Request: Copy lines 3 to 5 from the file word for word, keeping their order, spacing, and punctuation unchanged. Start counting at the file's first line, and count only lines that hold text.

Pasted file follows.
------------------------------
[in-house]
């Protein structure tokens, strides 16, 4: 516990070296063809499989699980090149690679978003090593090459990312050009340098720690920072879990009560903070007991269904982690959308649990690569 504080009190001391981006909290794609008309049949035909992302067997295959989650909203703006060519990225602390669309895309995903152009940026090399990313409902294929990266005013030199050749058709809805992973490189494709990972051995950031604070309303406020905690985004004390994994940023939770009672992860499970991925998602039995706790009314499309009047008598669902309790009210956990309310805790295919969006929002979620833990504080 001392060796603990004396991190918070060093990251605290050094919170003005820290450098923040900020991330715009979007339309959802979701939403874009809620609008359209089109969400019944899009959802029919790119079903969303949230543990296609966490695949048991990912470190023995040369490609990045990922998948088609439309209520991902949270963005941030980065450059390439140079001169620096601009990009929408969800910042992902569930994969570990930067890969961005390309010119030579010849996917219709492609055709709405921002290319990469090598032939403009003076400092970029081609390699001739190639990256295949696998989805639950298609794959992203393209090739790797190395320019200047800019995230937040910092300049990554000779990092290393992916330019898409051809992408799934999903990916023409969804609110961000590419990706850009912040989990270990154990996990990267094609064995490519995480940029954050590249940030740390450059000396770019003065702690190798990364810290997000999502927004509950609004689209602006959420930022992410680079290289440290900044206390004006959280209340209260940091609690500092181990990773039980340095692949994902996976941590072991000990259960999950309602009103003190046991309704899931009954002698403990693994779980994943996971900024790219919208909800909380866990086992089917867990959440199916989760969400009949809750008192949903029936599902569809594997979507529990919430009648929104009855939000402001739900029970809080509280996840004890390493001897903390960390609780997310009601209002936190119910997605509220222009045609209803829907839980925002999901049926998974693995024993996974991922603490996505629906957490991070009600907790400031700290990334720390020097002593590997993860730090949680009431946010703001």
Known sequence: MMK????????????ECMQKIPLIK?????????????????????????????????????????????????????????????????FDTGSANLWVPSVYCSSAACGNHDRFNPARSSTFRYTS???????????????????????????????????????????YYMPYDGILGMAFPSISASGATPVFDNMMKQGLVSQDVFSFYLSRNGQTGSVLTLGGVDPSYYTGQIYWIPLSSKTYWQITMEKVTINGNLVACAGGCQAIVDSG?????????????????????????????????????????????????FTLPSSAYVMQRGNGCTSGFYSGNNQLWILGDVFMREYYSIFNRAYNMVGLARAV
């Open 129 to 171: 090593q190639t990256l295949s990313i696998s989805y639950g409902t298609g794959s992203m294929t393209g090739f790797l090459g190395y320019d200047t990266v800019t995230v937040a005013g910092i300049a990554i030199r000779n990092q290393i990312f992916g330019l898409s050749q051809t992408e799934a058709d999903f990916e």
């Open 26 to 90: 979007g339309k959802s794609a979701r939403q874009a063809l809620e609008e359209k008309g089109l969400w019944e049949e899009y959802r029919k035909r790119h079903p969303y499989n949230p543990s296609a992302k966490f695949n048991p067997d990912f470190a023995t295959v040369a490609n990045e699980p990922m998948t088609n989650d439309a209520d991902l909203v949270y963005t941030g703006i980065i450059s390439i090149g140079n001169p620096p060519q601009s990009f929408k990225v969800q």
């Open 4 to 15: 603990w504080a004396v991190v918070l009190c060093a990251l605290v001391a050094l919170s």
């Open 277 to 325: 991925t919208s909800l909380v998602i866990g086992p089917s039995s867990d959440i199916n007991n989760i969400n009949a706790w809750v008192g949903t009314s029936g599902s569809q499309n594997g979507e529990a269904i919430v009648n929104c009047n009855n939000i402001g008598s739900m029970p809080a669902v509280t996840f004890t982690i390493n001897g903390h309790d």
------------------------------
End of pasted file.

Known sequence: MMK????????????ECMQKIPLIK?????????????????????????????????????????????????????????????????FDTGSANLWVPSVYCSSAACGNHDRFNPARSSTFRYTS???????????????????????????????????????????YYMPYDGILGMAFPSISASGATPVFDNMMKQGLVSQDVFSFYLSRNGQTGSVLTLGGVDPSYYTGQIYWIPLSSKTYWQITMEKVTINGNLVACAGGCQAIVDSG?????????????????????????????????????????????????FTLPSSAYVMQRGNGCTSGFYSGNNQLWILGDVFMREYYSIFNRAYNMVGLARAV
């Open 129 to 171: 090593q190639t990256l295949s990313i696998s989805y639950g409902t298609g794959s992203m294929t393209g090739f790797l090459g190395y320019d200047t990266v800019t995230v937040a005013g910092i300049a990554i030199r000779n990092q290393i990312f992916g330019l898409s050749q051809t992408e799934a058709d999903f990916e």
């Open 26 to 90: 979007g339309k959802s794609a979701r939403q874009a063809l809620e609008e359209k008309g089109l969400w019944e049949e899009y959802r029919k035909r790119h079903p969303y499989n949230p543990s296609a992302k966490f695949n048991p067997d990912f470190a023995t295959v040369a490609n990045e699980p990922m998948t088609n989650d439309a209520d991902l909203v949270y963005t941030g703006i980065i450059s390439i090149g140079n001169p620096p060519q601009s990009f929408k990225v969800q």